Published 5 November 2007

How to separate the wood from the ramin trees

Singapore, 5 November 2007—Nearly 30 Customs officials and representatives of CITES Management Authorities and forestry agencies from Singapore, Malaysia, Indonesia and China received training in identification of ramin wood at a workshop held in Singapore in November 2007.

Skill is needed to identify ramin wood correctly—hence the need for a specialist workshop © TRAFFIC.

Ramin (Gonystylus), a genus of about 30 species of hardwood trees native to southeast Asia, is listed in Appendix II of CITES (the Convention in International Trade of Endangered Species of Wild Fauna and Flora)—meaning that international trade is allowed under certain conditions. 

Enforcement and customs officers had earlier identified a lack of timber identification skills as a key issue hampering enforcement of CITES and other timber-related laws in the region. 

To address this need, the US Forest Service (USFS) convened a workshop where specialists from the US Department of Agriculture (USDA) Forest Service – Forest Products Laboratory (FPL) and the Malaysian Timber Industry Board (MTIB) taught enforcement officers how to identify ramin from other confusing and look-a-like wood species. 

Copies of the CITES identification guide on tropical woods, scalpels and hand lenses were distributed, and participants encouraged to pass on their new idnetification skills to colleagues back home. 

“This training program reflects an important commitment by key government agencies from the United States, Singapore, Malaysia, Indonesia and China to work together in an effort to curb trafficking in one type of timber that everyone agrees should be controlled,” noted US Assistant Secretary of State, Claudia McMurray, who visited the workshop.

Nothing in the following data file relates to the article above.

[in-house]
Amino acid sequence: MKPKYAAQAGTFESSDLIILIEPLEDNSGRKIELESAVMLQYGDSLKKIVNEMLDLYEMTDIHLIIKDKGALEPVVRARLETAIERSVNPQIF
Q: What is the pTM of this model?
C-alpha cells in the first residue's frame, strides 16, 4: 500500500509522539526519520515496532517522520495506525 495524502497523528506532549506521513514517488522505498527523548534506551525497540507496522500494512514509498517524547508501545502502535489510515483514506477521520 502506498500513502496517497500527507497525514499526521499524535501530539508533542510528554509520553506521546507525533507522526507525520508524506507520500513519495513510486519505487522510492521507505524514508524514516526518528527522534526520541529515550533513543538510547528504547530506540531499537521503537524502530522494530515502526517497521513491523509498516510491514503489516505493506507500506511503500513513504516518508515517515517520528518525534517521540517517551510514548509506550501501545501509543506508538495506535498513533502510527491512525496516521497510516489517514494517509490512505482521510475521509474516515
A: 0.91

The workshop also examined the work of the Tri-National Ramin Trade Taskforce (Indonesia, Malaysia and Singapore) and other initiatives, such as the ASEAN Wildlife Enforcement Network (ASEAN-WEN) which has brought CITES Authorities into closer collaboration with enforcement agencies in the region to combat illegal wildlife trade. 

Workshop partners included Singapore’s Agri-food and Veterinary Authority (the CITES Management Authority of Singapore) and TRAFFIC, who provided an overview of the ramin trade and information on CITES regulations relating to Appendix II-listed timber species. 

The workshop was supported financially by the US Department of State and the United States Agency for International Development (USAID).